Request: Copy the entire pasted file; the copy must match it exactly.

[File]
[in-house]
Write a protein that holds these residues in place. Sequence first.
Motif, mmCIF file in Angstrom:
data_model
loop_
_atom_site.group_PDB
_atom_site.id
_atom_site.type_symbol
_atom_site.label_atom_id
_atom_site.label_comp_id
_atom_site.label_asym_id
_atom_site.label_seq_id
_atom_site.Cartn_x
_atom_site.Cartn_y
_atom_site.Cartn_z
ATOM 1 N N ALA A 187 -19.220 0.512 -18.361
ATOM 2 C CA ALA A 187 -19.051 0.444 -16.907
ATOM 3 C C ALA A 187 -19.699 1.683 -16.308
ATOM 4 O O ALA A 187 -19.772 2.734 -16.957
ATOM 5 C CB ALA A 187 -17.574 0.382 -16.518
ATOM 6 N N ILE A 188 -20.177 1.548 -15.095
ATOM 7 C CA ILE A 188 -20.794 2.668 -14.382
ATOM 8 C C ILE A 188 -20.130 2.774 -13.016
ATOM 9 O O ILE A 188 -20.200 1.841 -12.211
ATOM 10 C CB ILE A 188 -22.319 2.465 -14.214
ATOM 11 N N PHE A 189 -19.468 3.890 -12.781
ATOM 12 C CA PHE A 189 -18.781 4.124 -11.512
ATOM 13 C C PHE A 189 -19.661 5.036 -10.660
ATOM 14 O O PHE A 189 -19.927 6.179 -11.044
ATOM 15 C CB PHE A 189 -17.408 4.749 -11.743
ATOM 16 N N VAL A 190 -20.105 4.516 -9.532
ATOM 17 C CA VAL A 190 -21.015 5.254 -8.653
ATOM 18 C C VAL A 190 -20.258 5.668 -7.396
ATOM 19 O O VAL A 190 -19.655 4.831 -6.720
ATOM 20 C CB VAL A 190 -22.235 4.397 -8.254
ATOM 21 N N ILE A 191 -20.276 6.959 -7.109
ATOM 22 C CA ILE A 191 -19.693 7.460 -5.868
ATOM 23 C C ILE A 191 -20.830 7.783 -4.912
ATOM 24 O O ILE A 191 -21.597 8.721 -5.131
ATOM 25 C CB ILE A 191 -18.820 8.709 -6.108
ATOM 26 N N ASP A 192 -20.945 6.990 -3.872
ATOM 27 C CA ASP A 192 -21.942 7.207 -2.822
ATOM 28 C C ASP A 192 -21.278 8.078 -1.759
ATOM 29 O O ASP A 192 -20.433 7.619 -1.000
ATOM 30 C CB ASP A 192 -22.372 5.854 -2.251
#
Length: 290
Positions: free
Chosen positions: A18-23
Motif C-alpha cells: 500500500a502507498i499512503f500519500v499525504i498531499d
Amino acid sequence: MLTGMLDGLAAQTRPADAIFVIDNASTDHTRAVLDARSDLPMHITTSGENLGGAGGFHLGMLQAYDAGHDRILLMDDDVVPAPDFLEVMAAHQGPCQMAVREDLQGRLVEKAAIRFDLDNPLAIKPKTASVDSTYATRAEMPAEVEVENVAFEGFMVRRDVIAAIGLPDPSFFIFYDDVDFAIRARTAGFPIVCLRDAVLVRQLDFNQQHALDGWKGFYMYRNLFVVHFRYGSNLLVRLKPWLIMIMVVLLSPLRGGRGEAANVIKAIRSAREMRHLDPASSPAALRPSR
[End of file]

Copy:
[in-house]
Write a protein that holds these residues in place. Sequence first.
Motif, mmCIF file in Angstrom:
data_model
loop_
_atom_site.group_PDB
_atom_site.id
_atom_site.type_symbol
_atom_site.label_atom_id
_atom_site.label_comp_id
_atom_site.label_asym_id
_atom_site.label_seq_id
_atom_site.Cartn_x
_atom_site.Cartn_y
_atom_site.Cartn_z
ATOM 1 N N ALA A 187 -19.220 0.512 -18.361
ATOM 2 C CA ALA A 187 -19.051 0.444 -16.907
ATOM 3 C C ALA A 187 -19.699 1.683 -16.308
ATOM 4 O O ALA A 187 -19.772 2.734 -16.957
ATOM 5 C CB ALA A 187 -17.574 0.382 -16.518
ATOM 6 N N ILE A 188 -20.177 1.548 -15.095
ATOM 7 C CA ILE A 188 -20.794 2.668 -14.382
ATOM 8 C C ILE A 188 -20.130 2.774 -13.016
ATOM 9 O O ILE A 188 -20.200 1.841 -12.211
ATOM 10 C CB ILE A 188 -22.319 2.465 -14.214
ATOM 11 N N PHE A 189 -19.468 3.890 -12.781
ATOM 12 C CA PHE A 189 -18.781 4.124 -11.512
ATOM 13 C C PHE A 189 -19.661 5.036 -10.660
ATOM 14 O O PHE A 189 -19.927 6.179 -11.044
ATOM 15 C CB PHE A 189 -17.408 4.749 -11.743
ATOM 16 N N VAL A 190 -20.105 4.516 -9.532
ATOM 17 C CA VAL A 190 -21.015 5.254 -8.653
ATOM 18 C C VAL A 190 -20.258 5.668 -7.396
ATOM 19 O O VAL A 190 -19.655 4.831 -6.720
ATOM 20 C CB VAL A 190 -22.235 4.397 -8.254
ATOM 21 N N ILE A 191 -20.276 6.959 -7.109
ATOM 22 C CA ILE A 191 -19.693 7.460 -5.868
ATOM 23 C C ILE A 191 -20.830 7.783 -4.912
ATOM 24 O O ILE A 191 -21.597 8.721 -5.131
ATOM 25 C CB ILE A 191 -18.820 8.709 -6.108
ATOM 26 N N ASP A 192 -20.945 6.990 -3.872
ATOM 27 C CA ASP A 192 -21.942 7.207 -2.822
ATOM 28 C C ASP A 192 -21.278 8.078 -1.759
ATOM 29 O O ASP A 192 -20.433 7.619 -1.000
ATOM 30 C CB ASP A 192 -22.372 5.854 -2.251
#
Length: 290
Positions: free
Chosen positions: A18-23
Motif C-alpha cells: 500500500a502507498i499512503f500519500v499525504i498531499d
Amino acid sequence: MLTGMLDGLAAQTRPADAIFVIDNASTDHTRAVLDARSDLPMHITTSGENLGGAGGFHLGMLQAYDAGHDRILLMDDDVVPAPDFLEVMAAHQGPCQMAVREDLQGRLVEKAAIRFDLDNPLAIKPKTASVDSTYATRAEMPAEVEVENVAFEGFMVRRDVIAAIGLPDPSFFIFYDDVDFAIRARTAGFPIVCLRDAVLVRQLDFNQQHALDGWKGFYMYRNLFVVHFRYGSNLLVRLKPWLIMIMVVLLSPLRGGRGEAANVIKAIRSAREMRHLDPASSPAALRPSR